Special Species: Indicators

Indicator species means a species which tells something important about its environment or the environmental conditions where it thrives. Bladder wrack Fucus vesiculosus deteriorates in turbid water and the plants move towards the surface to catch more light, blue mussels need at least 4-5 per mill salinity to survive, and Vaucheria sp filamentous algae grow well in eutrophicated sheltered areas.

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Potamogeton perfoliatus reaching toward the sun (Photo by Suvi Saarnio, Metsähallitus).

Water framework directive WFD aims to good ecological water quality and one of the indicators in Finland is the bladder wrack. It’s depth zone is monitored, and it seems to correlate quite well with water turbidity (or the lack of it), which correlates quite well with the amount of planktonic algae in the water column, which correlates quite well with the nutrient load in the water, which correlates quite well with the water quality. But there’s always a But. Bladder wrack depth preference doesn’t really correlate that well with anything in the Archipelago Sea. The reasons are not well understood, but in this area, the species is not as strong an indicator as elsewhere. And another But: Bladder wrack doesn’t exist in the Bothnian Bay and in the SEAmBOTH area at all so we can’t use that species to indicate anything, besides the lack of it indicating too low salinity for its growth.

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Ranunculus and tiny bubbles in a lagoon (Photo by Noora Kantola, Metsähallitus).

It’s been a long and rocky road looking for environmental indicator species in the Bothnian Bay. One Master’s Thesis (Takalo, 2005) came to the conclusion that the vascular plants are not very useful indicators (of anything) in the Northern Bothnian Bay because of the special environmental and geographical circumstances (constant and fast land-uplift, abundance of river water, long ice cover and the low number of vascular plant species due to the aforementioned facts). Takalo does mention that epiphytic algae or Diatoms might be used as indicators of eutrophication. Another Master’s Thesis (Lantto, 2016) looked into the possibility of using filamentous algae to indicate eutrophication in the Northern Baltic Sea. Lantto did find a correlation between the two, but warns us not to interpret the correlation too lightly – it could be caused by other environmental factors (for example temperature) and not eutrophication alone. Diatoms form a large biomass in the Northern Bothnian Bay, but studying them requires special identification skills and special microscopes and hasn’t been studied yet.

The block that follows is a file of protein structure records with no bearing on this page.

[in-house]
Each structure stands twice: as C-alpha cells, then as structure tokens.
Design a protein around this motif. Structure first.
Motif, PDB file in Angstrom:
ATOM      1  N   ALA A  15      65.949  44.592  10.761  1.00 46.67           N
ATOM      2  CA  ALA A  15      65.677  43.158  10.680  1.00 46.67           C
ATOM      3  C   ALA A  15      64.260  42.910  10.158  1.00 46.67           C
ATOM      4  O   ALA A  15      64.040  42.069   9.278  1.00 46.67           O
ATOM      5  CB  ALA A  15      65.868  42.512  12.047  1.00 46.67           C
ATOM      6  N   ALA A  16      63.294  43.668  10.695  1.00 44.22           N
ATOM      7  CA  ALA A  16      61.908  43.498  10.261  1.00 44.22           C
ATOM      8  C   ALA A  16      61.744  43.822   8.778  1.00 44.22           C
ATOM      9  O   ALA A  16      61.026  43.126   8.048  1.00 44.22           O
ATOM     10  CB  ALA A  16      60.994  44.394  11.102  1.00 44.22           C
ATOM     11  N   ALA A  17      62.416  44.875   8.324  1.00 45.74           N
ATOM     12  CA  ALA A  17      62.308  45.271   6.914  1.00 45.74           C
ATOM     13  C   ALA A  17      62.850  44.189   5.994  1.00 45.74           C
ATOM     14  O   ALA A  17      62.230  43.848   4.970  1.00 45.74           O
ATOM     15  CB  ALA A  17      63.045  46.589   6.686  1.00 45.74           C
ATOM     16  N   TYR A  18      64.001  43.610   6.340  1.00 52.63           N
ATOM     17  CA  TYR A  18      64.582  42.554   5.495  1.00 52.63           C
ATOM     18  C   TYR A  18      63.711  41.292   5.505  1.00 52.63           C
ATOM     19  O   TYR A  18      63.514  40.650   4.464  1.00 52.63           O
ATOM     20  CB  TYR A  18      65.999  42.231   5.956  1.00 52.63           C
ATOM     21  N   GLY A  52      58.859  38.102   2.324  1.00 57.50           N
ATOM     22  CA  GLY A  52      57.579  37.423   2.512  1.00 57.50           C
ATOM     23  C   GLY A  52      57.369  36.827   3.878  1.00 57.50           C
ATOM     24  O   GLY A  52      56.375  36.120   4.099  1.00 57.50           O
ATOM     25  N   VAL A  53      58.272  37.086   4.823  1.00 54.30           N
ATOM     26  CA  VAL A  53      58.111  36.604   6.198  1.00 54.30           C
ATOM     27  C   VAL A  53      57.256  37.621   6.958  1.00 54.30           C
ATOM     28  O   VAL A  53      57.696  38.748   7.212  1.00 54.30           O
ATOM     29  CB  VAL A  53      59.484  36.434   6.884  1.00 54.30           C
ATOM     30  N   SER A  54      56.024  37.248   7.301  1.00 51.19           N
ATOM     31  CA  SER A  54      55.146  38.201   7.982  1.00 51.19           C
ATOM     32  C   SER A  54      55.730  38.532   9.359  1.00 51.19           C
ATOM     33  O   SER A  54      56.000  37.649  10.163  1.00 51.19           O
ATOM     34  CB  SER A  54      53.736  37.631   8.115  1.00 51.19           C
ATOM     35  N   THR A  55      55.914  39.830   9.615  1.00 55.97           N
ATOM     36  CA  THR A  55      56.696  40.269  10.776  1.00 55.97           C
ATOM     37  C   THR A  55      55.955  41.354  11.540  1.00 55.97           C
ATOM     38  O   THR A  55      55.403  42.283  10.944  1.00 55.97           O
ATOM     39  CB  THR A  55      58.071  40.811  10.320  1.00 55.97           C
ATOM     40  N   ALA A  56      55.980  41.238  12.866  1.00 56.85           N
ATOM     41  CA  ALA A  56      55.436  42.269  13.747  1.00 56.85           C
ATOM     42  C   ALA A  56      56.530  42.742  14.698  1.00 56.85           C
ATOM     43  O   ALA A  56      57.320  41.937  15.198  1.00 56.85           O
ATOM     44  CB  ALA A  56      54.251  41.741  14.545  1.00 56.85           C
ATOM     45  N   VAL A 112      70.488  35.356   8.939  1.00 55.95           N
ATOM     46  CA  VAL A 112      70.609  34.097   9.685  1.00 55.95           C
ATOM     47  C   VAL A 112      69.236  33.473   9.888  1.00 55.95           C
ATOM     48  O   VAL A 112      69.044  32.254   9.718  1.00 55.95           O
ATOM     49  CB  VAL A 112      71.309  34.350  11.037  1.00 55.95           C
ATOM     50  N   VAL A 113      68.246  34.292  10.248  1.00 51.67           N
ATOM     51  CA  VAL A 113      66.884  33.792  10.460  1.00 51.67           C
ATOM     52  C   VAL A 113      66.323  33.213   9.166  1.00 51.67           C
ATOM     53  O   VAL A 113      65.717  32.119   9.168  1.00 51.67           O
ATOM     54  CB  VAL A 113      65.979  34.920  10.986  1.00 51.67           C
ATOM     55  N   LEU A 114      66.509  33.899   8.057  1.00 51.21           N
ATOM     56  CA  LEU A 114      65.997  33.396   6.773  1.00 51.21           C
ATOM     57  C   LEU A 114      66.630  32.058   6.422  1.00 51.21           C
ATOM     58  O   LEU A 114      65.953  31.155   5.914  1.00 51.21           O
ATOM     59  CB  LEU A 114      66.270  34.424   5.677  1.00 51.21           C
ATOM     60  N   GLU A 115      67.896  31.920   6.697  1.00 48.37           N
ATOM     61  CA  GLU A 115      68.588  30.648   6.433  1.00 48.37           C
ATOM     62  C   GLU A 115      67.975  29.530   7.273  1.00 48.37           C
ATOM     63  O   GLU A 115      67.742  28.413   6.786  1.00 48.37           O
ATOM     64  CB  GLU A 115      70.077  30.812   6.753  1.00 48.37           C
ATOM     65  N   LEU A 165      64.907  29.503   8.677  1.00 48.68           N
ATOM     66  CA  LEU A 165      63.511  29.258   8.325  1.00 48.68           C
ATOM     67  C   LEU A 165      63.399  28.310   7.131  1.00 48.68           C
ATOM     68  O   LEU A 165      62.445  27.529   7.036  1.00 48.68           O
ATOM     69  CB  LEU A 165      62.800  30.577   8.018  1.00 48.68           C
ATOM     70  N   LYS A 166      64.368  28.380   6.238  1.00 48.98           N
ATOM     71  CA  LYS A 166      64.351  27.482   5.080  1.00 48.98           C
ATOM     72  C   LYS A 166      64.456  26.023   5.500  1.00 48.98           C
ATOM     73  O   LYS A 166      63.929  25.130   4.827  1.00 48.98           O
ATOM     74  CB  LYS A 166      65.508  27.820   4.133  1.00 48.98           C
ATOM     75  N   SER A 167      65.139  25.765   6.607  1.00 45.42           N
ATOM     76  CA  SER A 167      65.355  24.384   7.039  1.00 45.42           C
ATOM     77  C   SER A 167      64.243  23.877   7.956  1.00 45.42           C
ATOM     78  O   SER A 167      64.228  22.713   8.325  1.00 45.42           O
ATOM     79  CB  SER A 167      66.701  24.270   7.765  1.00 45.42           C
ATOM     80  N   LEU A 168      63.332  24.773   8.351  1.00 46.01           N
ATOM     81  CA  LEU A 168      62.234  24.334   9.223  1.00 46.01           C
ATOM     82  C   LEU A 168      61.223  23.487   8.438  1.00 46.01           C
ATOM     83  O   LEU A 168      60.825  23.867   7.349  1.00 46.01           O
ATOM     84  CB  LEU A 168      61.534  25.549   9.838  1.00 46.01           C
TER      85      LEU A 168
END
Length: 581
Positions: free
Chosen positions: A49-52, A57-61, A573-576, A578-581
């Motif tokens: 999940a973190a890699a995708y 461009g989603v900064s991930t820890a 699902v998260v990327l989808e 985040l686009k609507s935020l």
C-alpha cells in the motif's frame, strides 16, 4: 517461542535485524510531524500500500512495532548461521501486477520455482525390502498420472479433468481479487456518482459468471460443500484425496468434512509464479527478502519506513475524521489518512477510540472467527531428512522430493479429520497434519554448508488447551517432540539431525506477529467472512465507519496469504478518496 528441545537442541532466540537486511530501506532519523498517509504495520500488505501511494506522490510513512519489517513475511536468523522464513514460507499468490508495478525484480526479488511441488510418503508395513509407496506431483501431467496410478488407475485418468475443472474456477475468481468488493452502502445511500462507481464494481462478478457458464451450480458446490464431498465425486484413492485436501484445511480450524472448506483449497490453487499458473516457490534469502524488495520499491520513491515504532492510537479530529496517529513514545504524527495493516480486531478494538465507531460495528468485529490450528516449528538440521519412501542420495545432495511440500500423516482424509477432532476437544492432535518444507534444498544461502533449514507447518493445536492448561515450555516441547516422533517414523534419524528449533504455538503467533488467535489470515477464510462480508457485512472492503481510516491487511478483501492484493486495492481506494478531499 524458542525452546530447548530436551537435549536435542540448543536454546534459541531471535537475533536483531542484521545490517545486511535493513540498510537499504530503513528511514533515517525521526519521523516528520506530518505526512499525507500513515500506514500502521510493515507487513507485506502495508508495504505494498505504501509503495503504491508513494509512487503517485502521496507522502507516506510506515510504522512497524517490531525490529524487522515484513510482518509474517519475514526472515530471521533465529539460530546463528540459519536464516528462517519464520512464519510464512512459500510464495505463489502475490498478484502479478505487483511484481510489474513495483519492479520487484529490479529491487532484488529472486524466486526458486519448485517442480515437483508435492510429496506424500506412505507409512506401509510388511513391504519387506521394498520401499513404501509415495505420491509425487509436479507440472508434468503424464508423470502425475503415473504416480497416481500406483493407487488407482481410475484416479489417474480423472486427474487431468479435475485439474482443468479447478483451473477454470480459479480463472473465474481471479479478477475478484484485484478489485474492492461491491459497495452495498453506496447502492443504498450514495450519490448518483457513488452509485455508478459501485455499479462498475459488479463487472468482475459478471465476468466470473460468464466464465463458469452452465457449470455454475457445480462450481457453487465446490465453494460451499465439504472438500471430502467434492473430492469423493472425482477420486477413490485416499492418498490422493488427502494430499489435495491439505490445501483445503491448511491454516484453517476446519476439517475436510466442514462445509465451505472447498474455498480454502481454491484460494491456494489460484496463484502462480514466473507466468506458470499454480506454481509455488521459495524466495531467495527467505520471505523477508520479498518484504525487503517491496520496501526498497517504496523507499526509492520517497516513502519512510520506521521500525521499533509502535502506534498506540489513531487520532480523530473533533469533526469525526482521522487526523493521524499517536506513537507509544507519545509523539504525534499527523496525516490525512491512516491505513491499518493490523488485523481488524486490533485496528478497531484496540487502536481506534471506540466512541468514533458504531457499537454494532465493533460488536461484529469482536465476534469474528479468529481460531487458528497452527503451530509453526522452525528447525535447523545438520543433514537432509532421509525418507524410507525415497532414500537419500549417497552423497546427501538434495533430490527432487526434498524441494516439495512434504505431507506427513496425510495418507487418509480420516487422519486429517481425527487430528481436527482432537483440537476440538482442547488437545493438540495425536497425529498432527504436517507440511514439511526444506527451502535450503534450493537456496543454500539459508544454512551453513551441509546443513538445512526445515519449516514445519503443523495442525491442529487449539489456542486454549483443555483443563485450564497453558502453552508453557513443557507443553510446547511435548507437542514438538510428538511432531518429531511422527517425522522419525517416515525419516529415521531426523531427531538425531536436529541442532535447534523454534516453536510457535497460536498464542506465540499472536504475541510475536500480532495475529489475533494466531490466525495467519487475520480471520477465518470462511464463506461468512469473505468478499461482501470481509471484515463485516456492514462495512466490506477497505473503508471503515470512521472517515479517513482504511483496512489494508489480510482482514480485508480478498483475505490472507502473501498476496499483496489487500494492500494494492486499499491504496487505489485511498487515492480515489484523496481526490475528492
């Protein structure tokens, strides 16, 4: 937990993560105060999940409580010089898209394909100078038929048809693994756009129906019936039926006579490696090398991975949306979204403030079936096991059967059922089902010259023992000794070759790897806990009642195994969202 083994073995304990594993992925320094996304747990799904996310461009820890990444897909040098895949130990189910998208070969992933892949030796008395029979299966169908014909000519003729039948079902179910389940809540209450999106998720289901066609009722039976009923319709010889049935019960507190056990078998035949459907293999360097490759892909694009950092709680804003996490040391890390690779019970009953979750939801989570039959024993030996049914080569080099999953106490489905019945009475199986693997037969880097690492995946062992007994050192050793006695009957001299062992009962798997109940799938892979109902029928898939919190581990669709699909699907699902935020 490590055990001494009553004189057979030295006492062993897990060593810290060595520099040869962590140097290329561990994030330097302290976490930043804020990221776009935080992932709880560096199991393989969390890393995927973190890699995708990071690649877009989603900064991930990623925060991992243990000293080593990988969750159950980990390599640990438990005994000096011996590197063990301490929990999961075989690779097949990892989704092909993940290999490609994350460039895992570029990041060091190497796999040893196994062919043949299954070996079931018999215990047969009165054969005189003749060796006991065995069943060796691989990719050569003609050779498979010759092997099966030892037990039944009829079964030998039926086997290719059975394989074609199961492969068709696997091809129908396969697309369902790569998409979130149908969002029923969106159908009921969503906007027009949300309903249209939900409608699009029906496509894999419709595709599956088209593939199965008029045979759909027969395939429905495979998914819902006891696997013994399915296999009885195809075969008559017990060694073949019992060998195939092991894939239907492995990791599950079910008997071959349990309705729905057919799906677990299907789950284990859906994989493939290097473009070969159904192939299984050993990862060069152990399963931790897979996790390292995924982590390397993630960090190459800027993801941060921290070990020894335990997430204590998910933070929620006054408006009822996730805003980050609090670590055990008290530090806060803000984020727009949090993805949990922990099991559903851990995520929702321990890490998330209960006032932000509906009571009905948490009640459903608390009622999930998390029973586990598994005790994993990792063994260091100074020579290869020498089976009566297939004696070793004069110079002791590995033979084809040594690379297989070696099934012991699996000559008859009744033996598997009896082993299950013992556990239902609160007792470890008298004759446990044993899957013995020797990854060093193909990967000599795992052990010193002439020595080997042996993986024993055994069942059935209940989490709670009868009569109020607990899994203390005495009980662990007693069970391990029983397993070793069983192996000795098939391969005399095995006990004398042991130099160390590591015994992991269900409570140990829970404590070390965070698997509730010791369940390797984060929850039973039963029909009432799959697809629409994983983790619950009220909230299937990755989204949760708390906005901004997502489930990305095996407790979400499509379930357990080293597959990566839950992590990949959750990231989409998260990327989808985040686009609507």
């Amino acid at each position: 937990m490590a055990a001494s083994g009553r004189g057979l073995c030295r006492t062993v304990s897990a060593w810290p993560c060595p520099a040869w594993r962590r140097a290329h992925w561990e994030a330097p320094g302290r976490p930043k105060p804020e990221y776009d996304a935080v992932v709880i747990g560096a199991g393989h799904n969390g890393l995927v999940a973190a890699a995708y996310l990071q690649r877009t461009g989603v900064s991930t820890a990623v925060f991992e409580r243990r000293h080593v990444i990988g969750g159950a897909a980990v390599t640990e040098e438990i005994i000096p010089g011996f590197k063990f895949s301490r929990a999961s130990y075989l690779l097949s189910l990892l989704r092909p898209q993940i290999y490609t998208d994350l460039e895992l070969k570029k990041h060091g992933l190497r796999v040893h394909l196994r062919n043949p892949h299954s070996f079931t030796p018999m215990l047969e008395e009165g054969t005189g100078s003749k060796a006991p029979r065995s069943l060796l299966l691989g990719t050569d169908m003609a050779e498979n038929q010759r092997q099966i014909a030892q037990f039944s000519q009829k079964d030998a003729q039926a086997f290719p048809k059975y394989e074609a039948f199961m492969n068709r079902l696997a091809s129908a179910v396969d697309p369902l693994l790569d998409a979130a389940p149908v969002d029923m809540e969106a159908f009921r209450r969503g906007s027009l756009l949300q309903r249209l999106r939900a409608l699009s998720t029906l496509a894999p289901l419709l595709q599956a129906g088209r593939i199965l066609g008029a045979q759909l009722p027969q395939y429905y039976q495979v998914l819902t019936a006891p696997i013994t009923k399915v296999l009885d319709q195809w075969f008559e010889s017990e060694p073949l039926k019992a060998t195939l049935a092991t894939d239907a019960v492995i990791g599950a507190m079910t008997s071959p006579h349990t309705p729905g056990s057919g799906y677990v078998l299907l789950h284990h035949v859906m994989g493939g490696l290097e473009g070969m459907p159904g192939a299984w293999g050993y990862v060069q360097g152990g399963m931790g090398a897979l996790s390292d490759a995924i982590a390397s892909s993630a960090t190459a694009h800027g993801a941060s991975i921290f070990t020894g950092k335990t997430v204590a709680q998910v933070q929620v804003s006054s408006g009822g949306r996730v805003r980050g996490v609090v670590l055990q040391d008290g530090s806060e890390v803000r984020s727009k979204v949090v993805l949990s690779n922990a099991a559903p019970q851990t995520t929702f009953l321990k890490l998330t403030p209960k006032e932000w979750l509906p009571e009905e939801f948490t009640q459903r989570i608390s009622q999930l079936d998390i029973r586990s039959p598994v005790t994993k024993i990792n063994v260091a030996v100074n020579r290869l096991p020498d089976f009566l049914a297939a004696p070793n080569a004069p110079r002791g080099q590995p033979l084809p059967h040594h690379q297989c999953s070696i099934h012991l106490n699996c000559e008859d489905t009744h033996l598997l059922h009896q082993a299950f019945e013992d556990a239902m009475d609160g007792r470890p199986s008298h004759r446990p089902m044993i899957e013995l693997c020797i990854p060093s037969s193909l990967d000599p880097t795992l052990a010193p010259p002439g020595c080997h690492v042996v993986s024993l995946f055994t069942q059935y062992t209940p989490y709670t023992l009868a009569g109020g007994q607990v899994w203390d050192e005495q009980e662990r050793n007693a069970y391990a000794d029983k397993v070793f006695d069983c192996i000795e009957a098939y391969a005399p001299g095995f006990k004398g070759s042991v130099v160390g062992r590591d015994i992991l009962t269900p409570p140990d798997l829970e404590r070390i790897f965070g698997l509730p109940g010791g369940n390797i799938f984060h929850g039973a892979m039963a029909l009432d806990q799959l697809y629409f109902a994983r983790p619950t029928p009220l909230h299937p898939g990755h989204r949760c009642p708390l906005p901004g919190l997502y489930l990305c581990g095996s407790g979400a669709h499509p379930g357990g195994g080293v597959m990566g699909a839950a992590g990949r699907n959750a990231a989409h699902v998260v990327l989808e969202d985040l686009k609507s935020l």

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Chara aspera meadow (Photo by Suvi Saarnio, Metsähallitus).

One thing we can say for sure: there are some species even in the SEAmBOTH area that indicate something. Nitella wahlenbergiana most definitely indicates a river estuary, while Crassula aquatica indicates a mud flat or some other very shallow area where water level fluctuates, and Chara aspera might indicate a sand bank. What is still problematic with these indicator relationships is that for example Chara aspera might also grow in other environments as well, and for example Potamogeton friesii seems to prefer two very opposite habitats – muddy and sheltered black water ponds with soft bottom on the other hand, and clear water pebbly or sandy bottom, quite exposed areas in the outer archipelago on the other.

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Close up to Crassula aquatica (Photo by Ville Savilampi, Metsähallitus).
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All the small green plants in this photo are Crassula aquatica (Photo by Suvi Saarnio, Metsähallitus).

Trying to make indicator species out of any species is like trying to categorize every patch of nature into nature types. All of them just don’t fit in to the special little niches we try to push them into. Regardless of the difficulty of categorizing them, the species will keep growing and leave us wondering what they tell us about their surrounding nature, if anything.

 

Written by Essi Keskinen

 

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Alisma plantago-aquatica in the Simojoki-river (Photo by Suvi Saarnio, Metsähallitus).

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